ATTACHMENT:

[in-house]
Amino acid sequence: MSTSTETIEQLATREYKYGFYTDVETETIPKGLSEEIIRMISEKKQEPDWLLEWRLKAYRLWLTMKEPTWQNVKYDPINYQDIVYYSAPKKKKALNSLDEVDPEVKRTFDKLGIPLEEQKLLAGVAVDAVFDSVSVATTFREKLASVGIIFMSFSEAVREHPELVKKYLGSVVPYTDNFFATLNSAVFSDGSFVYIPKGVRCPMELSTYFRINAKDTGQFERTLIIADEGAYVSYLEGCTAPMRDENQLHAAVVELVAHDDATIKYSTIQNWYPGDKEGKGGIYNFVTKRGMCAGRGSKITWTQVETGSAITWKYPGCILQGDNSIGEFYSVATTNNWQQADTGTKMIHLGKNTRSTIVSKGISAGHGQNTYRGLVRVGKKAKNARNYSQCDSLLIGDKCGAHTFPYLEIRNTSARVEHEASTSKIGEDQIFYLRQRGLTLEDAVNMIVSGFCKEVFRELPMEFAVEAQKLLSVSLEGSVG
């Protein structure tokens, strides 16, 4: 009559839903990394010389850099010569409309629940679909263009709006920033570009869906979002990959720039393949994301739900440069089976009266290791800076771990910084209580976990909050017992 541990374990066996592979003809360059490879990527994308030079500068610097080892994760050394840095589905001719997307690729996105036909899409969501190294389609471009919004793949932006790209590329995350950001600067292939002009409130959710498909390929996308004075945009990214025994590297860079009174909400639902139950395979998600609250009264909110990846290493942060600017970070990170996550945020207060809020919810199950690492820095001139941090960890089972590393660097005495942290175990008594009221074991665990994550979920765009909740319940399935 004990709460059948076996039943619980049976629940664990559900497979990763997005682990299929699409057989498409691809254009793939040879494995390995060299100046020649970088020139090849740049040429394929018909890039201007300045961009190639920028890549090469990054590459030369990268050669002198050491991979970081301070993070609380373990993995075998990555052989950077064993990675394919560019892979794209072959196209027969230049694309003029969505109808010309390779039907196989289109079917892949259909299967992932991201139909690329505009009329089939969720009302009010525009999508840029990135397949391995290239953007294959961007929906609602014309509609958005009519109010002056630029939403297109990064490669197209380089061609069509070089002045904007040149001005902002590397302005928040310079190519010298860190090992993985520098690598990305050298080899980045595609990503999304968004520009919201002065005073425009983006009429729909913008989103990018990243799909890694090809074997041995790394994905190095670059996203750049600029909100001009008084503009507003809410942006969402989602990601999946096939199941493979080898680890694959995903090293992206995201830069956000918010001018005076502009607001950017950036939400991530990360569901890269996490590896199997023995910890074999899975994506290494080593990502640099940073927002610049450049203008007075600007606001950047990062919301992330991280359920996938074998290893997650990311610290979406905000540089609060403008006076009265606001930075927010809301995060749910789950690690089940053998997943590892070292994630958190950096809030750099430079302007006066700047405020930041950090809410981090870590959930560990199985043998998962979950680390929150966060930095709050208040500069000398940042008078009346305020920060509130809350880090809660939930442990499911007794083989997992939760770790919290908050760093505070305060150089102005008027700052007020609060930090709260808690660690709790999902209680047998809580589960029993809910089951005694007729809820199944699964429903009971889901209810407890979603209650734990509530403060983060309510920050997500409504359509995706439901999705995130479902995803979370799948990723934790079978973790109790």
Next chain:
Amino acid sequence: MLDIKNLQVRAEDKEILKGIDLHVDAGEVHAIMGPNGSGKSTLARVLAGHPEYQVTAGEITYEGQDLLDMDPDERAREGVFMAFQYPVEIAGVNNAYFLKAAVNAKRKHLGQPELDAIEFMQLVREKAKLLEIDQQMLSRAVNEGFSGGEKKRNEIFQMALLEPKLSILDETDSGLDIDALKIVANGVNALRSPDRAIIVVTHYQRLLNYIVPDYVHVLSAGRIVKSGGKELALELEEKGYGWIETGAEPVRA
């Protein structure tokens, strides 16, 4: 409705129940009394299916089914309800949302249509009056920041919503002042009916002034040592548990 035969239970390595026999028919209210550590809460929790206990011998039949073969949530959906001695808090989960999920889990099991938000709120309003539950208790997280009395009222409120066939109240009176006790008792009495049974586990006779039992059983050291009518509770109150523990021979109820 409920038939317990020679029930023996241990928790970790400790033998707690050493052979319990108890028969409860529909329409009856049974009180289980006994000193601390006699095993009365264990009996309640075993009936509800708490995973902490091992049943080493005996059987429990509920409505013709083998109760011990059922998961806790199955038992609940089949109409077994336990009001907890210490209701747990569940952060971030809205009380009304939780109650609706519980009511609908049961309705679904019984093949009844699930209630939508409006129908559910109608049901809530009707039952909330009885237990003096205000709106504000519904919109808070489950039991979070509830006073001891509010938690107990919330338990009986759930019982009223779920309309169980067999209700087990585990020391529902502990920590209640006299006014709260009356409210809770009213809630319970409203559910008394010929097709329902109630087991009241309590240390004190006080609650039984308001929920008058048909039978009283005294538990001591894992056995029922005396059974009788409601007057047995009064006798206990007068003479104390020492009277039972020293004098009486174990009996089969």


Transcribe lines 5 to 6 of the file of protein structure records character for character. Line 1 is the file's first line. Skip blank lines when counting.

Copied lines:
Amino acid sequence: MLDIKNLQVRAEDKEILKGIDLHVDAGEVHAIMGPNGSGKSTLARVLAGHPEYQVTAGEITYEGQDLLDMDPDERAREGVFMAFQYPVEIAGVNNAYFLKAAVNAKRKHLGQPELDAIEFMQLVREKAKLLEIDQQMLSRAVNEGFSGGEKKRNEIFQMALLEPKLSILDETDSGLDIDALKIVANGVNALRSPDRAIIVVTHYQRLLNYIVPDYVHVLSAGRIVKSGGKELALELEEKGYGWIETGAEPVRA
């Protein structure tokens, strides 16, 4: 409705129940009394299916089914309800949302249509009056920041919503002042009916002034040592548990 035969239970390595026999028919209210550590809460929790206990011998039949073969949530959906001695808090989960999920889990099991938000709120309003539950208790997280009395009222409120066939109240009176006790008792009495049974586990006779039992059983050291009518509770109150523990021979109820 409920038939317990020679029930023996241990928790970790400790033998707690050493052979319990108890028969409860529909329409009856049974009180289980006994000193601390006699095993009365264990009996309640075993009936509800708490995973902490091992049943080493005996059987429990509920409505013709083998109760011990059922998961806790199955038992609940089949109409077994336990009001907890210490209701747990569940952060971030809205009380009304939780109650609706519980009511609908049961309705679904019984093949009844699930209630939508409006129908559910109608049901809530009707039952909330009885237990003096205000709106504000519904919109808070489950039991979070509830006073001891509010938690107990919330338990009986759930019982009223779920309309169980067999209700087990585990020391529902502990920590209640006299006014709260009356409210809770009213809630319970409203559910008394010929097709329902109630087991009241309590240390004190006080609650039984308001929920008058048909039978009283005294538990001591894992056995029922005396059974009788409601007057047995009064006798206990007068003479104390020492009277039972020293004098009486174990009996089969």